Thank you for the great reply .
My concern is after so many years after the study there is no movement towards pm'img equipment. This timing issue could mean our ppe is not at the right level for protection against a fault? YES/NO? If the timing is off and the cb stays open longer than it should , are we not in trouble ?
We mention this to the company and the answer has always been about the PM cost of getting the work done. "we can t afford it now".
We are looking for ways to push the company into getting this done. It just doesn t seem right to do a study knowing your labels do not have the correct information on them. There is so much more I need to learn about this afs. Thanks again for listening.


The issue of PM's should have been listed in the report. At the very least, your PPE may be inadequate as it is probably based on the breaker closest to the fault operating. It may not and if a properly coordinated system, the next upstream device would trip. But in your case maybe not.

If the breaker sees a fault and has not had any PM or even exercising the breaker by opening and closing it periodically, it will take longer to open. The time used in the study to determine the incident energy is based on a properly functioning breaker. Longer time to open means a higher incident energy.

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 Post subject: Re: arc flash study
PostPosted: Fri Apr 03, 2015 4:37 pm 

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WBD your reply is very near to my thinking about ie and circuit breaker opening time which could cause ie being higher than listed on the label. With the 2015 nfpa listing the condition of maintenance as part of the safety program this seems to lean towards having the electrical equipment in good working order before an af study is done.

I believe 70e mention about conditions of maintenance in the 2012 edition of nfpa 70e ,don't know how far back this was mention in 70e.
Does anyone think that QW or electricians research the study before interacting with equipment ? Most would go by labels. Most don't have access to the report.

Thank you for giving your reply to my post very informing.


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 Post subject: Re: arc flash study
PostPosted: Sat Apr 04, 2015 4:51 am 
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Improper or inadequate maintenance is a FPN in NFPA 70E-2009 Article 130.3 which is the first time it appears.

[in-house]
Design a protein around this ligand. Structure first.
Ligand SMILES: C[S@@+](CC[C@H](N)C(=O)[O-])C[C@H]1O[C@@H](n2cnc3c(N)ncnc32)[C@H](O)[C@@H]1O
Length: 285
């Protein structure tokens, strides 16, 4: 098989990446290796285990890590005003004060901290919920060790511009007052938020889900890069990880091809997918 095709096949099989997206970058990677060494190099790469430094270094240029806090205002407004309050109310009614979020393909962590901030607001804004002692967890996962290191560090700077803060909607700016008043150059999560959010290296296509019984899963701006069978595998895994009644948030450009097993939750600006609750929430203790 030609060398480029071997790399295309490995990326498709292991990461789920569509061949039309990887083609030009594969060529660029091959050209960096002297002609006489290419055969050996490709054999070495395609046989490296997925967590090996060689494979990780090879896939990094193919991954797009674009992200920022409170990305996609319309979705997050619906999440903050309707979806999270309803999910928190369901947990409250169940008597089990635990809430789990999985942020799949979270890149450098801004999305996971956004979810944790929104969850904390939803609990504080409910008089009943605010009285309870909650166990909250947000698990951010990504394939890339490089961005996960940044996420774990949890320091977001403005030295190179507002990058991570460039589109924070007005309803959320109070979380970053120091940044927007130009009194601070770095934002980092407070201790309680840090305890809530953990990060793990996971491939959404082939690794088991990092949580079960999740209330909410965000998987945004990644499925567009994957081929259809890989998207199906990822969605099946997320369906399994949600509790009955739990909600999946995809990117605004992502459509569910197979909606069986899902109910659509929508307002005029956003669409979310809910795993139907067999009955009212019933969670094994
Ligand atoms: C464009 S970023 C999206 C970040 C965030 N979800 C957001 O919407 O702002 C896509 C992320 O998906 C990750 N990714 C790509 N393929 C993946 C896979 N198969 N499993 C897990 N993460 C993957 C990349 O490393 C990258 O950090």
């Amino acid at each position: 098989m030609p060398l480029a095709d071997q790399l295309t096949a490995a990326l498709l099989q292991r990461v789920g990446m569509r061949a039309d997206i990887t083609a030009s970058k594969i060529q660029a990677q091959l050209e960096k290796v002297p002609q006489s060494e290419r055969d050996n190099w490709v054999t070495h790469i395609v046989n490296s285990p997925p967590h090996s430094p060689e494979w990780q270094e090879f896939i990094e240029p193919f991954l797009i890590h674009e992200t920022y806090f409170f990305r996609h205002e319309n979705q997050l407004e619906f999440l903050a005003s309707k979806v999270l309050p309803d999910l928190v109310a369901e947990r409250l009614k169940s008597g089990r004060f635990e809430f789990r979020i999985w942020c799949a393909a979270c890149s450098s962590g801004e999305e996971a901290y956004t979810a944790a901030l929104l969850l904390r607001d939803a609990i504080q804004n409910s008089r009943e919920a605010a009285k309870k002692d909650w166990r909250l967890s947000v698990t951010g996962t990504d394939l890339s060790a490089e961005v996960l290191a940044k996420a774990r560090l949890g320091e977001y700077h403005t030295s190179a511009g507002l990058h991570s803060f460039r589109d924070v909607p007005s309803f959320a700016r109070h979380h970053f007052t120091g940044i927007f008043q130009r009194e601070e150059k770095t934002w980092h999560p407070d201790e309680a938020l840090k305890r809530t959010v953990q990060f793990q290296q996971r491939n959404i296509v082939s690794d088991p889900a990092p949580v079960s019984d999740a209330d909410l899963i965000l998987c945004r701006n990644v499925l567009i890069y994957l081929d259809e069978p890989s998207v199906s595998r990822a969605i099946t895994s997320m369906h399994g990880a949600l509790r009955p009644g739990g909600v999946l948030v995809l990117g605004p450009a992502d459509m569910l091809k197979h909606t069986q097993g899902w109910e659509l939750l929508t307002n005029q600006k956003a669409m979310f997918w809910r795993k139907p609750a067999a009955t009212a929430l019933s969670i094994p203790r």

I don't think any electricians research the report prior to working on the equipment. The labels are supposed to provide the information needed for the proper PPE.

I know of one facility where it was very evident that they had not done maintenance on the equipment and in the report the immediate upstream device, that would normally be the clearing device, was ignored. The next upstream device was assumed to operate. This lead to a vast majority of the equipment being >25 cal/cm2.

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 Post subject: Re: arc flash study
PostPosted: Mon Apr 06, 2015 9:36 am 
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bure961 wrote:
This timing issue could mean our ppe is not at the right level for protection against a fault? YES/NO?


It depends. This s not a black-and-white issue, and there are two directions to consider. First, failure to properly maintain equipment results in an increase in the likelihood of occurrence of an arc flash. In itself this is a bigger problem in my estimation because it's a relatively rare event in the first place and we'd like it to stay that way.

Case in point at a site that didn't do proper maintenance. Operators having trouble with a pump. Breaker (not overload) was tripping. After several attempts at resetting the molded case breaker in a 480 V MCC with no success, they called an electrician. Electrician arrives and does the exact same thing. Never mind the huge OSHA violation here. Eventually electrician gets out a meter and recognizes that motor is dead shorted to ground. Locks come out and motor gets replaced. Up to this point nobody had bothered to inspect the breaker as required by NEMA AB-4 and it was not inspected until after the incident. When electrician went to remove locks and close breaker in one last time to test equipment, breaker exploded and electrician was badly injured from arc flash. Oh, and the upstream breaker did work but at that time they didn't wear arc resistant PPE.